Collection of materials: Seeds of twenty-five lines of L. esculentum were collected from the Genetic Resources and Biotechnology unit of National Horticultural Research Institute (NIHORT) Idi-Isin, Ibadan, Nigeria. In addition, five ripe tomato fruits of different shapes were bought at Bodija market, Ibadan, Oyo State, Nigeria. A list of the thirty lines is presented in Table 1. The seeds were removed, washed and spread on sheets of Newspaper under the shade to dry for one week.

All the thirty lines of tomato seeds were sown in planting pots filled with top soil of 10 kg each. Watering was done regularly. After four weeks of sowing, seedlings were transplanted to the field. The seedlings were planted at a spacing of 60 x30 cm on one meter wide beds as recommended by Adelana (1976). The planting was carried out in the Botanical Nursery of the Department of Botany and Microbiology, University of Ibadan, Ibadan, Nigeria.

Data collection: After six weeks of planting, quantitative morphological characters which include plant height, leaf length, leaf breadth, petiole length, stem diameter were measured using standardized metre rule and Venier Caliper. The average of ten measurements taken for each character was recorded.

Table 1:

List of lines of L. esculentum studied

The average number of leaves per plant, number of serration per leaflet, primary branches per plant, days taken for germination, days taken for flowering, days taken for first picking, number of calyx and corolla were also recorded. At maturity (at about twelve weeks), qualitative morphological characters which include leaf apex, leaf base, leaf shape, leaf margin, leaf texture, leaf arrangement, leaf orientation, fruiting habit, stem type, stem colour, fruit shape, fruit size, fruit colour (both matured and immature fruits), fruit lobes, fruit pedicel area and fruit pistil scar were assessed.

Numerical taxonomy
Selection of Operational Taxonomic Units (OTUS):
Altogether, forty characters were used for the analyses. These included both qualitative and quantitative morphological characters. Data matrix comprising of forty characters by thirty OTUS was used.

Data analysis: The data matrix was analysed using hierarchical cluster analysis. The agglomeration schedule employed were the average linkage between groups, complete linkage, single linkage and the centroid method Euclidean distance was used to measure the distance between OTUS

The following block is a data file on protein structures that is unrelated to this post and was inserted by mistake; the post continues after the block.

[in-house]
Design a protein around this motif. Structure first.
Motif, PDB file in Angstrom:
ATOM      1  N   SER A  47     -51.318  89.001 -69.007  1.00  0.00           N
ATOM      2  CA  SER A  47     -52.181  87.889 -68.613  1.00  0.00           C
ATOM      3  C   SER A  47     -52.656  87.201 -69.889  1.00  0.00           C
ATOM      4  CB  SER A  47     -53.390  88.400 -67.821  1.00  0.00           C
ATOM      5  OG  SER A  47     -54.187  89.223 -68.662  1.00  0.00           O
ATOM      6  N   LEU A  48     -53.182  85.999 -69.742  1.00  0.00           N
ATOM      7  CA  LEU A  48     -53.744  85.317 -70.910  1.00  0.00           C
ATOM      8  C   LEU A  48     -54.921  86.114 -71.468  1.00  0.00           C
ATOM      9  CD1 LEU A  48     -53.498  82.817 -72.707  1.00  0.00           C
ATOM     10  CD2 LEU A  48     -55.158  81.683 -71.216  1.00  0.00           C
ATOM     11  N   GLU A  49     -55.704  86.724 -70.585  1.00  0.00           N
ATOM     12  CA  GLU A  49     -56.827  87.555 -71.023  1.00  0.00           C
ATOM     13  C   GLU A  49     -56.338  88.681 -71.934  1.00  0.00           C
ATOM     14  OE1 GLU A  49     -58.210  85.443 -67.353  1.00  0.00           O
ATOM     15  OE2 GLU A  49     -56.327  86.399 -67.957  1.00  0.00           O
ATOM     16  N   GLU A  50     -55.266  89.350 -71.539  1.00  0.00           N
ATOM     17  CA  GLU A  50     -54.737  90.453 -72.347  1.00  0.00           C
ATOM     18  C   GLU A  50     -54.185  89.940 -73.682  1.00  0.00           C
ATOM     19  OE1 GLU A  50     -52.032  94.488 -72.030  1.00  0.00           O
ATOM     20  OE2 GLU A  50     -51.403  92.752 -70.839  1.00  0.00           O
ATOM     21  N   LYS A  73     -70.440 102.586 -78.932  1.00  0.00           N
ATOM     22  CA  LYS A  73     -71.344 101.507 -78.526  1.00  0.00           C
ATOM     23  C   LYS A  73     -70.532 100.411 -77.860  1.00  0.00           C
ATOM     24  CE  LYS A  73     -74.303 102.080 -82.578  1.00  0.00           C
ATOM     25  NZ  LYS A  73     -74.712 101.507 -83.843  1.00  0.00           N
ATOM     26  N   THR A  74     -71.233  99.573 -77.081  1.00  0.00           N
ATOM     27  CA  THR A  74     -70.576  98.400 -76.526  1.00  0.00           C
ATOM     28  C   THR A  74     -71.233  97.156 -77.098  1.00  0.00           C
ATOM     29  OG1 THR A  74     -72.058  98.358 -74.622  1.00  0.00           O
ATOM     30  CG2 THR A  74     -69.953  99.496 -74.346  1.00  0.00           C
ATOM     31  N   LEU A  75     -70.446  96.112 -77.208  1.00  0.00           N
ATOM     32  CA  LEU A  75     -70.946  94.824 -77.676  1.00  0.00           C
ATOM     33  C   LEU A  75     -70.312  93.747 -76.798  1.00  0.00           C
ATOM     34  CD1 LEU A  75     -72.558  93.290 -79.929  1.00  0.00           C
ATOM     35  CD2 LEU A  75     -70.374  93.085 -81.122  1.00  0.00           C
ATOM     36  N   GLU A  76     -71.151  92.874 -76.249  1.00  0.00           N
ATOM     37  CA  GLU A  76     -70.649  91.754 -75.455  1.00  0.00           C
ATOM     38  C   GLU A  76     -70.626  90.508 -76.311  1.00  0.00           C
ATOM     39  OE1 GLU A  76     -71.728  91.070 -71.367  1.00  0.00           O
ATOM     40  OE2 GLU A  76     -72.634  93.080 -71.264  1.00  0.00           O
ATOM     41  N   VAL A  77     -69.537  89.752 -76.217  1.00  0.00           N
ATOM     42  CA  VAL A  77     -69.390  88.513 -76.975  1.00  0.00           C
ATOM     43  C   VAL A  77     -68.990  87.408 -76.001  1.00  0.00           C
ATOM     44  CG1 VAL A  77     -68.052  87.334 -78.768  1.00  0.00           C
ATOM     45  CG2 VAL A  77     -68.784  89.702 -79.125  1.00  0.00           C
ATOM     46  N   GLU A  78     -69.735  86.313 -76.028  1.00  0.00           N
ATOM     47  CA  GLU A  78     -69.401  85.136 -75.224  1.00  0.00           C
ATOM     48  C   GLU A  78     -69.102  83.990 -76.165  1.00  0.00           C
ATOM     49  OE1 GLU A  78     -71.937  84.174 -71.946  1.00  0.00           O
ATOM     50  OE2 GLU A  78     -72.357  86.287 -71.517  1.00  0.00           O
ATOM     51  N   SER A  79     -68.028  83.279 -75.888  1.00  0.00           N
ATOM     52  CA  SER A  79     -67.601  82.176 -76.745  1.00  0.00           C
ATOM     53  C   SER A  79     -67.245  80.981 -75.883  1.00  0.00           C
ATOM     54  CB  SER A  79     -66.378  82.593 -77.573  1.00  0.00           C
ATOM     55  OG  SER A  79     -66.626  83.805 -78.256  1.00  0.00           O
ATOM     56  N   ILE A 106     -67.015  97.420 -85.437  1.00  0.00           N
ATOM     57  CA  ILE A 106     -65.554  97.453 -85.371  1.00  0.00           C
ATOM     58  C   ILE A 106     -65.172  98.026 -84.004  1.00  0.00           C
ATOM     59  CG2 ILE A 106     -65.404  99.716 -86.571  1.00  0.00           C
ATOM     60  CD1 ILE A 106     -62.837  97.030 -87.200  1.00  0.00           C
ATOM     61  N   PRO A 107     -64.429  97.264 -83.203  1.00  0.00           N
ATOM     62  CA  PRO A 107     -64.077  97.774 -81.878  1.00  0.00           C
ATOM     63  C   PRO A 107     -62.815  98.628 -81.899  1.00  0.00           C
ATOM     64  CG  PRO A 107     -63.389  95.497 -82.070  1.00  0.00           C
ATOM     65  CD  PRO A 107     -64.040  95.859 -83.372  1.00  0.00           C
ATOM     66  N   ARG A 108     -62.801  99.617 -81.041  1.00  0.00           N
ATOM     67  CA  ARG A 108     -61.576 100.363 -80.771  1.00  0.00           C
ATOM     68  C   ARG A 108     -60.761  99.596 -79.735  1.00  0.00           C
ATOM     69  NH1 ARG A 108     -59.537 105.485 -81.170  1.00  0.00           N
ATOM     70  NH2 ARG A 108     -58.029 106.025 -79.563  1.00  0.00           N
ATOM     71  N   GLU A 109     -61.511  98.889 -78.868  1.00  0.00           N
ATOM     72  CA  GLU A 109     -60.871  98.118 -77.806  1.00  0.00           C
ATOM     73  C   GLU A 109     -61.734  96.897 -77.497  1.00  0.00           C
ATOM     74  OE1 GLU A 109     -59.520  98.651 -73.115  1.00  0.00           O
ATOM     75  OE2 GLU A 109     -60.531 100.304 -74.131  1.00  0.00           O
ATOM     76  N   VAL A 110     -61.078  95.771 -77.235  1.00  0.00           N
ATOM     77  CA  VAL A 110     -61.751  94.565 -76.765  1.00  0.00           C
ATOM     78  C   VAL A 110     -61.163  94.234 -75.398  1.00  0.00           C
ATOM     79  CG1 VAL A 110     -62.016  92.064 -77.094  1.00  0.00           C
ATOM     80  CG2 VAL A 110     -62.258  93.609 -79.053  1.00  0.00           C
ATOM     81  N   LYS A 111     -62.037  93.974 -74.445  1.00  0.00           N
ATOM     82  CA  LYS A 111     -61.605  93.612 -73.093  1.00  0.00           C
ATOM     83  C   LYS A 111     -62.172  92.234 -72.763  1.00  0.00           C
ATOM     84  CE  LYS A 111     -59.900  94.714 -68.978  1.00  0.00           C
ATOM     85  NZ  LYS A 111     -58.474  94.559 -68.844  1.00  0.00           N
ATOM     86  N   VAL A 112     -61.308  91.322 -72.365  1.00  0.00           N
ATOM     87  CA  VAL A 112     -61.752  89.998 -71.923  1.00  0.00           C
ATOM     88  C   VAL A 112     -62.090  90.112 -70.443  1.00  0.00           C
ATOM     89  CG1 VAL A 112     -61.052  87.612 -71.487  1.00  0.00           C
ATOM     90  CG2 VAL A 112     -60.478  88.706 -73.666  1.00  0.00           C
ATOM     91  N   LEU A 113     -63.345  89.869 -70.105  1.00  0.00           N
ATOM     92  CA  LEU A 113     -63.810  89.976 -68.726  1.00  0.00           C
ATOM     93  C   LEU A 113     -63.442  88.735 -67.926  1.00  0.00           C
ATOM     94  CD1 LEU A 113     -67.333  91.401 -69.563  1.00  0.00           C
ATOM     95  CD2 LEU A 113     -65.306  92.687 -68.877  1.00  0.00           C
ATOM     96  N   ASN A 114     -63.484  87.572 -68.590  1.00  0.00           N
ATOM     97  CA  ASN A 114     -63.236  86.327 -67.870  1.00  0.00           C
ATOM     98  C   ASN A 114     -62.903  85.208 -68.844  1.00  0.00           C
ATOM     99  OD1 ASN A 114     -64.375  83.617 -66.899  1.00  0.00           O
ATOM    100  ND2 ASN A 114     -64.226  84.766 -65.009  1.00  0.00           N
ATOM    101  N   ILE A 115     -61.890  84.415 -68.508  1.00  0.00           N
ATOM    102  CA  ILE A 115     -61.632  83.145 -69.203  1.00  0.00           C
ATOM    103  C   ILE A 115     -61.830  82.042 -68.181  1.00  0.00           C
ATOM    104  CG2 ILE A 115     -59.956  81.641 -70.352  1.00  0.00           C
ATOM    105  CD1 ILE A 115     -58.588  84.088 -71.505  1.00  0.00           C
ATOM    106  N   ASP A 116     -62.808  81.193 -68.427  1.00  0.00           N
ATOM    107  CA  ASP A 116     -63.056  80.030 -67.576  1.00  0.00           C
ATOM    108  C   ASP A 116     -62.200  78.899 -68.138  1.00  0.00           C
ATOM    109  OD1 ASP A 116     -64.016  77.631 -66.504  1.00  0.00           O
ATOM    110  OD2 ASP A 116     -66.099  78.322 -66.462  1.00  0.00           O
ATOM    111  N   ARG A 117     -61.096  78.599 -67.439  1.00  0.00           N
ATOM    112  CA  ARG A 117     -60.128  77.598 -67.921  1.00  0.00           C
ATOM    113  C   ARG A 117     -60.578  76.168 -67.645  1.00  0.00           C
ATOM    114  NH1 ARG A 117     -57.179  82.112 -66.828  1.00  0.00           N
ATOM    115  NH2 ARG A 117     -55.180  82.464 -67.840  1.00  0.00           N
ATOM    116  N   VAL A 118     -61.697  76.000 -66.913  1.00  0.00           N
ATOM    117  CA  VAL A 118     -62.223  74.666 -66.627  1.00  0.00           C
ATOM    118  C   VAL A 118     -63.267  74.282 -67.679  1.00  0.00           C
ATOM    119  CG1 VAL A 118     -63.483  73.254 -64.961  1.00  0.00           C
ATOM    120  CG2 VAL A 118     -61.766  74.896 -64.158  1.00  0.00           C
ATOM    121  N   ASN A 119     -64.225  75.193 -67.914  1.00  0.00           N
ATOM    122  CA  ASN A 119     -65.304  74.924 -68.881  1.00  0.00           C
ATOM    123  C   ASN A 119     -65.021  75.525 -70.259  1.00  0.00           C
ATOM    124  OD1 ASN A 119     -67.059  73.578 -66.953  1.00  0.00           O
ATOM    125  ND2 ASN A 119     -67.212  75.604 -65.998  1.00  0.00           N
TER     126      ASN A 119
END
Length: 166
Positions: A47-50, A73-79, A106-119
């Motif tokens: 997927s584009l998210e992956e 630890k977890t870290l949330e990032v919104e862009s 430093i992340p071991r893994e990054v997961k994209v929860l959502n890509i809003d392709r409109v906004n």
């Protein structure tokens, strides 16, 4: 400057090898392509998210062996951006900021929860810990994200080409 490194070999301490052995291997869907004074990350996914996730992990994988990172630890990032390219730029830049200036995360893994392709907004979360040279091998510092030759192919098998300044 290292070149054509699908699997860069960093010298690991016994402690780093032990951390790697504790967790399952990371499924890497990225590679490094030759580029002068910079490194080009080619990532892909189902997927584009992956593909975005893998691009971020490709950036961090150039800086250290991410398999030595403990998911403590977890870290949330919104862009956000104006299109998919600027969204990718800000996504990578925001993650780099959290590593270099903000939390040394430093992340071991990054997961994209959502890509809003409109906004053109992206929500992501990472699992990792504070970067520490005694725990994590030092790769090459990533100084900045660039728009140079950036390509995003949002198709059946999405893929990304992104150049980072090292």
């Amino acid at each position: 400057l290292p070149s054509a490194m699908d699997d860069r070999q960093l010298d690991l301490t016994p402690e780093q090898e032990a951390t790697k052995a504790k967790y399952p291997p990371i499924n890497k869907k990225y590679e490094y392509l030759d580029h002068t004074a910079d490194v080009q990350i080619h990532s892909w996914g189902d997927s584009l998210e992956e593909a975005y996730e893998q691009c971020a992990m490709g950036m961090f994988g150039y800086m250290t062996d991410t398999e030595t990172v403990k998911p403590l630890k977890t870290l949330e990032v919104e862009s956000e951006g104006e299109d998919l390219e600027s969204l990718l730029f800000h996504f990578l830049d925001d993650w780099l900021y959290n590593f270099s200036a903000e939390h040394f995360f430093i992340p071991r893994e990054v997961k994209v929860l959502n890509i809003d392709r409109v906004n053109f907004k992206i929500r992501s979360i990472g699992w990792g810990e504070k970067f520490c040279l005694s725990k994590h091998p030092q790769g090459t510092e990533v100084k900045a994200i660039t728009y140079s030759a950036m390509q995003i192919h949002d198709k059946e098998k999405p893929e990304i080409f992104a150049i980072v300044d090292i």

In this statistics Xij is the character state value for character I in j and Xik is that for line K. The programmes were run on a portable personal computer using the statistical package for social sciences (SPSS) for windows.


Table 2-7 and Fig. 1-4 give the summaries of the results of this study. The average plant height recorded was 99.6 cm (Table 2). The fruiting habit of the plant was found to affect the weight. Determinate types (Hybrid and Roma VF) with erect stems are taller than the indeterminate type with prostrate stem. Leaves are longer, wider and broader in Ibadan local cultivar than in other cultivars recognised but Roma VF and the hybrid had higher number of leaves than Ibadan local cultivar (Table 2). Number of leaflets per leaf (7) is uniform for all the three cultivars (Table 1) except in some few lines with nine leaflets. Seed germination occurred five days after planting, Ibadan local cultivar germinated first and hence produced flowers and fruits earlier than the other two cultivars. The average days taken for germination is 6.5 (Table 2).

Table 2:

Quantitative morphological features of Lycopersicon esculentum

Table 3:

Morphological characters of each of the three cultivars recognised

Table 4:

Diagnostic features of each of the three cultivars recognised

The petiole length ranges between 0.60-2.3 cm. Fruits of Ibadan local cultivar are the largest among the three cultivars, the fruits diameter ranges between 3 and 10 cm. There was an overlap in the number of fruits per bunch among the cultivars. Some lines had between 3 and 5 fruits while others had between 5 and 8 fruits (Table 2).

Table 5:

Grouping of OTU ’S according to the method of analysis

A = Roma VF, B = Hybrid, C = Ibadan local, AV = Average linkage, CL = Complete linkage, CM = Centroid method, SL = Single linkage

The qualitative morphological studies showed a very close relationship between the thirty lines. All the lines had the same floral, leaf and stem morphology (Table 2). From the observations, the lines are thus grouped into three different cultivars; these are Ibadan local, hybrid and Roma VF. Morphological features used in the delimitation of cultivars are the presence or absence of ridge on the fruit, fruiting habit, leaf orientation and general fruit morphology (Table 3 and 4).